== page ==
To address these concerns, a consortium of drug manufacturers and representatives from Dako and Ventana, organized in part through a joint effort of the FDA, AACR, ASCO, and the International Association for the Study of Lung Cancer (IASLC), was formed with the task of creating a resource to compare the performances of the four major PD-L1 companion assays. The ultimate goal of this collaboration is to establish cross-platform standards for PD-L1 positivity analogous to those for ER, PR, and HER2 testing. Results of the pilot phase of this “Blueprint project” were presented at the AACR Annual Meeting in 2016, and included 39 lung cases reviewed by 3 pathologists [36]. Tumor cell PD-L1 staining was similar for the Ventana SP263 and two Dako assays, with less tumor staining by the Ventana SP142 assay. Interobserver variability was high when quantifying immune cell positivity but not tumor cell positivity. The performance of these assays (using their respective PD-L1 staining thresholds) varied substantially, with the Ventana SP142 assay labeling the highest number of samples as positive (79 %) and the Ventana SP263 labeling the fewest as positive (53 %). Both Dako assays (28–8 and 22C3) performed nearly identically with an intermediate rate of positivity, and there was incomplete overlap between all of the assays. These important preliminary observations highlight the potential for false positive and negative results based solely on the assay chosen. Additional predictive information, larger sample sizes, and potentially adjustments to the cutoffs will be required before any conclusions can be made about the merits of each assay.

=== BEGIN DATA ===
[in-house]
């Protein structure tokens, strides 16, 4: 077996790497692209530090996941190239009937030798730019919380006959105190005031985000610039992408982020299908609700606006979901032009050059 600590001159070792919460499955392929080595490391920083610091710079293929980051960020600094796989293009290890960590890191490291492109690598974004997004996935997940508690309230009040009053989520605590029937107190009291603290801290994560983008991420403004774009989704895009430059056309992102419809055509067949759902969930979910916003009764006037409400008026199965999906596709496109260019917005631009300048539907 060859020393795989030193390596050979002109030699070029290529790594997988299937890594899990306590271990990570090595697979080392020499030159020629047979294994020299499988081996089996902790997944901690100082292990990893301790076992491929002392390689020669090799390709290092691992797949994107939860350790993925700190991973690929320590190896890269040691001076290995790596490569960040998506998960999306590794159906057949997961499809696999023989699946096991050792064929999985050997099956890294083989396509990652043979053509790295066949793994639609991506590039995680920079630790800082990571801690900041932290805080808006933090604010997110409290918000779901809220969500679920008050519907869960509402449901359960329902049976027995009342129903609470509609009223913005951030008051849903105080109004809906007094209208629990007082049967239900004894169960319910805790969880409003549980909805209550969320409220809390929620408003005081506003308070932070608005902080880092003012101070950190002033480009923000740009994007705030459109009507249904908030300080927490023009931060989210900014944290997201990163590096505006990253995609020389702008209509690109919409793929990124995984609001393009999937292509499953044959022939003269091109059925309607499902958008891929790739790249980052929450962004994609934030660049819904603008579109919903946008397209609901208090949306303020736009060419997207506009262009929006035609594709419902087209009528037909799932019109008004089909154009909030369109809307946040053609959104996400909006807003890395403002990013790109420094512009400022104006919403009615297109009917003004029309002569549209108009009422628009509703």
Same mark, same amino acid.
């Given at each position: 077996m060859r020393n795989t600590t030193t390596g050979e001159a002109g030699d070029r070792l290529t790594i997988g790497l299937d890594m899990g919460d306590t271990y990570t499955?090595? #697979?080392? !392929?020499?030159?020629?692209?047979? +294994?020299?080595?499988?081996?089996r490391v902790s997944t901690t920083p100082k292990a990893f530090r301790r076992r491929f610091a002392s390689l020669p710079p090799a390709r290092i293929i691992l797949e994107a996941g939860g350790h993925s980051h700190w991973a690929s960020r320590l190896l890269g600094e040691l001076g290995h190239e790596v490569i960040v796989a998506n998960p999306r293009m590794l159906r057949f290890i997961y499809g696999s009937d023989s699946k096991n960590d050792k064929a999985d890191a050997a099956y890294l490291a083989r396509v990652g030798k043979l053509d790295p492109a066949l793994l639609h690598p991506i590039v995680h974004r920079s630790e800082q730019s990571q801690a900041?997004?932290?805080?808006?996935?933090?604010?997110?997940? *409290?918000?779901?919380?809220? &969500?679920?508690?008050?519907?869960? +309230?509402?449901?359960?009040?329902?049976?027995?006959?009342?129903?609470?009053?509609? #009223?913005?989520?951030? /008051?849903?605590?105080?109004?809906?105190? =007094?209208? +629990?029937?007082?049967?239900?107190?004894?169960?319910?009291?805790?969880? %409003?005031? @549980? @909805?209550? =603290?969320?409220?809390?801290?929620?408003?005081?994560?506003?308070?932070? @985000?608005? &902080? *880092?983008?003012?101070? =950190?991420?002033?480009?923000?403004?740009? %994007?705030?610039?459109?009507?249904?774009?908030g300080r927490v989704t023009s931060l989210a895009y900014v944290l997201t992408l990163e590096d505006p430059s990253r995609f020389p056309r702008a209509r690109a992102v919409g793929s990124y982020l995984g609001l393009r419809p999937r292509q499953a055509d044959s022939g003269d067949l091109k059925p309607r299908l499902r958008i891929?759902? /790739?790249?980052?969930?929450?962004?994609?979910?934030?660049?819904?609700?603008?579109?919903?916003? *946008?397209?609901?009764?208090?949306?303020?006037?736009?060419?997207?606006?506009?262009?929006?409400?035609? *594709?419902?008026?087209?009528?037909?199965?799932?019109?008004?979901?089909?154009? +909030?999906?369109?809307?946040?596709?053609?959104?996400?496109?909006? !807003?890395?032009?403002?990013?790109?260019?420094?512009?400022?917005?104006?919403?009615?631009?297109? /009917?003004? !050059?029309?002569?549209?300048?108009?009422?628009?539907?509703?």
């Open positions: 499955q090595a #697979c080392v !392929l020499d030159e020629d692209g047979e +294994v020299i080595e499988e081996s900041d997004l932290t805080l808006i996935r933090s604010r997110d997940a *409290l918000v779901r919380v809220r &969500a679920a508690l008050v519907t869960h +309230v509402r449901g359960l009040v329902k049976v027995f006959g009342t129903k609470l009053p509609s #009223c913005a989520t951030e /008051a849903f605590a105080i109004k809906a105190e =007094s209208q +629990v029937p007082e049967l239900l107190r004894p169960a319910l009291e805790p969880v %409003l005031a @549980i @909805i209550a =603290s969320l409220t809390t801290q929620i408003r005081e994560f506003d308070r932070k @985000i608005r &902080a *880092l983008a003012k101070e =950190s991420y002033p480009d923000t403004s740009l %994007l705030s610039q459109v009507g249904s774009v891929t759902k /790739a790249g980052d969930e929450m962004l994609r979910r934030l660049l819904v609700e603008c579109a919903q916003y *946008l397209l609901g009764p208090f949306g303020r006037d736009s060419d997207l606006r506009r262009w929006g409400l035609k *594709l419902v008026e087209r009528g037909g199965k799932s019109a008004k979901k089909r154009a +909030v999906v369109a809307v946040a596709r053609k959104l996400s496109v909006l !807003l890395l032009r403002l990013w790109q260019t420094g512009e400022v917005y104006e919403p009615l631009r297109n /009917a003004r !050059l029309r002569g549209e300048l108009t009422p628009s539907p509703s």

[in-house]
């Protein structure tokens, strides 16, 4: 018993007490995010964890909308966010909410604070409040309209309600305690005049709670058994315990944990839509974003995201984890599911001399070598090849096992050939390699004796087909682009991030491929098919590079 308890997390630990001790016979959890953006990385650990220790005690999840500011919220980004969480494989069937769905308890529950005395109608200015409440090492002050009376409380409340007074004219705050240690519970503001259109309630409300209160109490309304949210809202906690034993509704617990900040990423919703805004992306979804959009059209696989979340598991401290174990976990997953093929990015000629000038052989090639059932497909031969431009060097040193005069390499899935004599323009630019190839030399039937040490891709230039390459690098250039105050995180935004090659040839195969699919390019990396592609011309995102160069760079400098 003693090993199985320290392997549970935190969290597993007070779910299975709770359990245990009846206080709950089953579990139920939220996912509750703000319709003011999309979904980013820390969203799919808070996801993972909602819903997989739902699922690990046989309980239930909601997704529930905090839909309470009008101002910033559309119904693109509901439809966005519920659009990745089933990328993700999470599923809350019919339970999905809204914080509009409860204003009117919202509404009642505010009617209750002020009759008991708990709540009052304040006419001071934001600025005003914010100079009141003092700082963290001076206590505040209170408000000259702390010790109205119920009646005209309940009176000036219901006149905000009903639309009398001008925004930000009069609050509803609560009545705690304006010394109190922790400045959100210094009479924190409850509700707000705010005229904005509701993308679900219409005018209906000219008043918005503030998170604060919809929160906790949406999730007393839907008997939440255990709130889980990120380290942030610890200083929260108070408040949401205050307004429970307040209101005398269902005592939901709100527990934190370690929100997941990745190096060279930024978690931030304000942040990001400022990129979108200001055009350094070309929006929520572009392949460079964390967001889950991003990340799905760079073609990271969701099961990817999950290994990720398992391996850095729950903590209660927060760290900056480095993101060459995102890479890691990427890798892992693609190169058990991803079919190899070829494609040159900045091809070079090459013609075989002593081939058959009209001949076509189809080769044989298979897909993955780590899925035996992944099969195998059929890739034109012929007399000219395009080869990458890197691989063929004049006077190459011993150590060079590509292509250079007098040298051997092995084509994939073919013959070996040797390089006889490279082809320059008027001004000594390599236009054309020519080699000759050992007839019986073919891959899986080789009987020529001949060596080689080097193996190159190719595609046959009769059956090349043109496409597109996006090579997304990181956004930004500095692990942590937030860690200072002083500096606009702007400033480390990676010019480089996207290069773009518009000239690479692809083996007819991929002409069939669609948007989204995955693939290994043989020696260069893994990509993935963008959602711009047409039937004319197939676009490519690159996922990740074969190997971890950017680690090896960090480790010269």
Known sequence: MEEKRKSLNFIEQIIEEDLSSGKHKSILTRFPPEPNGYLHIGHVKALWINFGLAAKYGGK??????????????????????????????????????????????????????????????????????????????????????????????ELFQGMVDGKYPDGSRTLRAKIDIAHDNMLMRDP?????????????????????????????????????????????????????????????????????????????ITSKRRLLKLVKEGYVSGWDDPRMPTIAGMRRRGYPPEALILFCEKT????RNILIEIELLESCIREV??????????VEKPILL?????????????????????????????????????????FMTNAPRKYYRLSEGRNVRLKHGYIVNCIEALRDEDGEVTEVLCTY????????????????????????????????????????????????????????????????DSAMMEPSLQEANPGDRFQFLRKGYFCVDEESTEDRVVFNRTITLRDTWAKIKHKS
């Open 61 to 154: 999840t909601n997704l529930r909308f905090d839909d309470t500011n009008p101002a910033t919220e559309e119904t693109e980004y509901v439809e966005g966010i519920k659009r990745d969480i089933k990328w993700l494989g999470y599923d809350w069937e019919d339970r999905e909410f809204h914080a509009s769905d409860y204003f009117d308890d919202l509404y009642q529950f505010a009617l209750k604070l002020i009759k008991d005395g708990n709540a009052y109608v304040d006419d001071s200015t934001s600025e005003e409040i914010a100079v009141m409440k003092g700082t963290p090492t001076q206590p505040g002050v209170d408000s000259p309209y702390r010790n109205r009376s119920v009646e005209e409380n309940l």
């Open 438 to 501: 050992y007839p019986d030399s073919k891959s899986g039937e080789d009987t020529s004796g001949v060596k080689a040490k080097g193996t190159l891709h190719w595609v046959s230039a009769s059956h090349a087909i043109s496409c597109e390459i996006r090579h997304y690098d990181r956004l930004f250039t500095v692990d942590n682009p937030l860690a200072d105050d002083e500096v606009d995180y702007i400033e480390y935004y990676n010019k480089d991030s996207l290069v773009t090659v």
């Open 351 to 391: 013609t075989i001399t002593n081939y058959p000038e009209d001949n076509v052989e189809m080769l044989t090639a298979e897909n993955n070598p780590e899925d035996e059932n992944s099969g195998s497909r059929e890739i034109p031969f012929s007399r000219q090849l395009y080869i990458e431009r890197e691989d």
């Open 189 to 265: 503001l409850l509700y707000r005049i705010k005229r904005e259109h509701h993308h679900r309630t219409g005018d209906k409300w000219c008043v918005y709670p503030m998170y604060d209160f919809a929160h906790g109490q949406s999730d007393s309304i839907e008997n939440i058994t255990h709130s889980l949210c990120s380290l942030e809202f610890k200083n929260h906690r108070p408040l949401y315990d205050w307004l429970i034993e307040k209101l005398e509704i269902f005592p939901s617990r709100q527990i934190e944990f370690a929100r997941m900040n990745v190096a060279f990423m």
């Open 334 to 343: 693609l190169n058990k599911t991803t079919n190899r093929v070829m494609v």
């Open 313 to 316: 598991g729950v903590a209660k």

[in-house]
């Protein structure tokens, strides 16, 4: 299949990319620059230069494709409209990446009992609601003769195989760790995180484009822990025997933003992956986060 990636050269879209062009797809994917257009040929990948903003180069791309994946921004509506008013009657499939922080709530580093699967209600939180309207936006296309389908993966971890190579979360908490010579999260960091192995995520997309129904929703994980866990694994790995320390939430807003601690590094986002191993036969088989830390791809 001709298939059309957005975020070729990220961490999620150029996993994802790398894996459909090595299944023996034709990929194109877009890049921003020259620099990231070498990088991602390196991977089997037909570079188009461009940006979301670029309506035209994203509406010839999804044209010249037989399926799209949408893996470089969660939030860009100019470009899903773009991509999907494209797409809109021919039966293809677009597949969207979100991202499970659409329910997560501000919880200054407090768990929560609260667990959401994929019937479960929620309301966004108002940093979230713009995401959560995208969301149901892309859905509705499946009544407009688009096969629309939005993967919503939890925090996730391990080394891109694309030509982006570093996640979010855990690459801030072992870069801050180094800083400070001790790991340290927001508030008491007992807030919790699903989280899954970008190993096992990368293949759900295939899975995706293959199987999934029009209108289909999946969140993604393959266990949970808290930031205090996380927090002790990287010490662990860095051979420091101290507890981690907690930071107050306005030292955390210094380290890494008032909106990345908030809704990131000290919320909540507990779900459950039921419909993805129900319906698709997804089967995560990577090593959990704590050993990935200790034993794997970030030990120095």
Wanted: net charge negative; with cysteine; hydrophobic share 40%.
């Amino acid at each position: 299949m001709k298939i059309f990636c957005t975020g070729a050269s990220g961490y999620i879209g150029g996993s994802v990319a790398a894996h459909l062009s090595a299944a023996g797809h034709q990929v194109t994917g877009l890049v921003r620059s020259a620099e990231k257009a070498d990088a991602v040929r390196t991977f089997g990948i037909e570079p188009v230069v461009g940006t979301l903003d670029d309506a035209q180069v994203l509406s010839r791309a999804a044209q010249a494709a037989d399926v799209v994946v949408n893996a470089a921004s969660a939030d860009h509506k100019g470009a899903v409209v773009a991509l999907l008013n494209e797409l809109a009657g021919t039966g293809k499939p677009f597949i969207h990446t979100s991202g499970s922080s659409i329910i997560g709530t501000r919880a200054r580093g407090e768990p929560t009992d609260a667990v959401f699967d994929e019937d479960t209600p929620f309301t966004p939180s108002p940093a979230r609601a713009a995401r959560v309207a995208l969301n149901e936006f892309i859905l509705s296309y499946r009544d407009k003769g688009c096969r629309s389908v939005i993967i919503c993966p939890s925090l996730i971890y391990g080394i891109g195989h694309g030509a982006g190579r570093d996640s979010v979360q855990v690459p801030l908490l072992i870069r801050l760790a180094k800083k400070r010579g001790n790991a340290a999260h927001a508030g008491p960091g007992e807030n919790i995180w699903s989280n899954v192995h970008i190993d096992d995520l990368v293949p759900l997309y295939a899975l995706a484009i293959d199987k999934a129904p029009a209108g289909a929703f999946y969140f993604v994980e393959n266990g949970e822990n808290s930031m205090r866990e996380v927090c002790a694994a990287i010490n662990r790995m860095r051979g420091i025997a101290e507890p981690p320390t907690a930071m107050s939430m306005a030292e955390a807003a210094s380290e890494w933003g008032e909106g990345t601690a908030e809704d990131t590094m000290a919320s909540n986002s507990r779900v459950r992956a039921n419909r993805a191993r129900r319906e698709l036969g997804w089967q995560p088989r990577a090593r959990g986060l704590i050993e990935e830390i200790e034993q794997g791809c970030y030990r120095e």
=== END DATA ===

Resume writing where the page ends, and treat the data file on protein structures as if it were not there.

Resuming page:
Additional challenges to biomarker development

There are other biological limitations to PD-L1 detection in tumor biopsies. Most traditional cancer biomarkers evaluate fixed elements that do not vary tremendously with time such as gene mutations or proteins directly involved in cellular growth signaling or replication. Examples include estrogen and progesterone receptor expression, HER2 gene amplification, or mutations in EGFR, KRAS, etc. Alternatively, the PD-L1 gene is not typically mutated or amplified and its expression is dynamic both in space and over time in response to a constantly evolving immune response. There is concern that sampling error could result in false negative tests, though some recent case series have suggested a reasonable concordance between both synchronous (same time but different location) and metachronous (different time) specimen in the range of 75–90 % [3740]. PD-L1 expression is also affected by concurrent or prior treatments, including radiation or chemotherapy, which may have been administered after a biopsy was obtained [4144].